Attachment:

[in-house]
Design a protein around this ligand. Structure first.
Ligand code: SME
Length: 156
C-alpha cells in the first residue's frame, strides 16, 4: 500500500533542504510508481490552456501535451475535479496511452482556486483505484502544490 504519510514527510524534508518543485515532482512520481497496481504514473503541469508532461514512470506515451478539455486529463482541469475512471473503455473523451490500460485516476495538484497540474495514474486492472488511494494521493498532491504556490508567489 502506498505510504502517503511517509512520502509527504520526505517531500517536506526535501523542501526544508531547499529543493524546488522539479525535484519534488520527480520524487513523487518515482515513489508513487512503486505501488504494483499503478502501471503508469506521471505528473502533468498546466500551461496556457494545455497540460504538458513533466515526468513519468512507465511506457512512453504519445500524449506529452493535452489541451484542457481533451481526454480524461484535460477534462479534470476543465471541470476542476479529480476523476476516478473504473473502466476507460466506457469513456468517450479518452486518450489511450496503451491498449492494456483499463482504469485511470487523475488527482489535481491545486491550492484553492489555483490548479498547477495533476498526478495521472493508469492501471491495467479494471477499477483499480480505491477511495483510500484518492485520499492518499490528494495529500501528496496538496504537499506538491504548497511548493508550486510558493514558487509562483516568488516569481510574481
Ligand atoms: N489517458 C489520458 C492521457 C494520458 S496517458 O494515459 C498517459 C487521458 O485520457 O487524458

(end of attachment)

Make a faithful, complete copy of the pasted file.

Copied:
[in-house]
Design a protein around this ligand. Structure first.
Ligand code: SME
Length: 156
C-alpha cells in the first residue's frame, strides 16, 4: 500500500533542504510508481490552456501535451475535479496511452482556486483505484502544490 504519510514527510524534508518543485515532482512520481497496481504514473503541469508532461514512470506515451478539455486529463482541469475512471473503455473523451490500460485516476495538484497540474495514474486492472488511494494521493498532491504556490508567489 502506498505510504502517503511517509512520502509527504520526505517531500517536506526535501523542501526544508531547499529543493524546488522539479525535484519534488520527480520524487513523487518515482515513489508513487512503486505501488504494483499503478502501471503508469506521471505528473502533468498546466500551461496556457494545455497540460504538458513533466515526468513519468512507465511506457512512453504519445500524449506529452493535452489541451484542457481533451481526454480524461484535460477534462479534470476543465471541470476542476479529480476523476476516478473504473473502466476507460466506457469513456468517450479518452486518450489511450496503451491498449492494456483499463482504469485511470487523475488527482489535481491545486491550492484553492489555483490548479498547477495533476498526478495521472493508469492501471491495467479494471477499477483499480480505491477511495483510500484518492485520499492518499490528494495529500501528496496538496504537499506538491504548497511548493508550486510558493514558487509562483516568488516569481510574481
Ligand atoms: N489517458 C489520458 C492521457 C494520458 S496517458 O494515459 C498517459 C487521458 O485520457 O487524458